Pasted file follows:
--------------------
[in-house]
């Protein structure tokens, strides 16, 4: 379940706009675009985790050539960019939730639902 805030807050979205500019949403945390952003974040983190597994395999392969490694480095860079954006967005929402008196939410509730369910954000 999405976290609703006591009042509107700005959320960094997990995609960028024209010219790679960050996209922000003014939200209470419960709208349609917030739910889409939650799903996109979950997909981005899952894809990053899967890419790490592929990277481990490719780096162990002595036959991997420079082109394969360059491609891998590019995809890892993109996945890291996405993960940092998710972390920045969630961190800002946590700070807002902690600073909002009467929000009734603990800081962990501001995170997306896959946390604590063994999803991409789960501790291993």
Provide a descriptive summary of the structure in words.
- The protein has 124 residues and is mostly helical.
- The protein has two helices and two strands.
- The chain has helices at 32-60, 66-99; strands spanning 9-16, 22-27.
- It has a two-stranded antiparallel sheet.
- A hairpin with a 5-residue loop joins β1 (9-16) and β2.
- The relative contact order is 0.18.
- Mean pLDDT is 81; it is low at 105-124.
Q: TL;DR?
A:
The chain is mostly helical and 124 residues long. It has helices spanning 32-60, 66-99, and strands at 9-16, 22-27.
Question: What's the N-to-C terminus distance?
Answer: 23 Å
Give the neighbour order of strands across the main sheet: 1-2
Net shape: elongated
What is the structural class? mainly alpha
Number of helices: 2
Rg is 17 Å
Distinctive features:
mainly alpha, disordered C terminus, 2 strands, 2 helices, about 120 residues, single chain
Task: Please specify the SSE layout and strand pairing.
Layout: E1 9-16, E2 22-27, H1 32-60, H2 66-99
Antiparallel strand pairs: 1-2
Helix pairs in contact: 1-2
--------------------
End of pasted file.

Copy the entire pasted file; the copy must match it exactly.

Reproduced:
[in-house]
């Protein structure tokens, strides 16, 4: 379940706009675009985790050539960019939730639902 805030807050979205500019949403945390952003974040983190597994395999392969490694480095860079954006967005929402008196939410509730369910954000 999405976290609703006591009042509107700005959320960094997990995609960028024209010219790679960050996209922000003014939200209470419960709208349609917030739910889409939650799903996109979950997909981005899952894809990053899967890419790490592929990277481990490719780096162990002595036959991997420079082109394969360059491609891998590019995809890892993109996945890291996405993960940092998710972390920045969630961190800002946590700070807002902690600073909002009467929000009734603990800081962990501001995170997306896959946390604590063994999803991409789960501790291993």
Provide a descriptive summary of the structure in words.
- The protein has 124 residues and is mostly helical.
- The protein has two helices and two strands.
- The chain has helices at 32-60, 66-99; strands spanning 9-16, 22-27.
- It has a two-stranded antiparallel sheet.
- A hairpin with a 5-residue loop joins β1 (9-16) and β2.
- The relative contact order is 0.18.
- Mean pLDDT is 81; it is low at 105-124.
Q: TL;DR?
A:
The chain is mostly helical and 124 residues long. It has helices spanning 32-60, 66-99, and strands at 9-16, 22-27.
Question: What's the N-to-C terminus distance?
Answer: 23 Å
Give the neighbour order of strands across the main sheet: 1-2
Net shape: elongated
What is the structural class? mainly alpha
Number of helices: 2
Rg is 17 Å
Distinctive features:
mainly alpha, disordered C terminus, 2 strands, 2 helices, about 120 residues, single chain
Task: Please specify the SSE layout and strand pairing.
Layout: E1 9-16, E2 22-27, H1 32-60, H2 66-99
Antiparallel strand pairs: 1-2
Helix pairs in contact: 1-2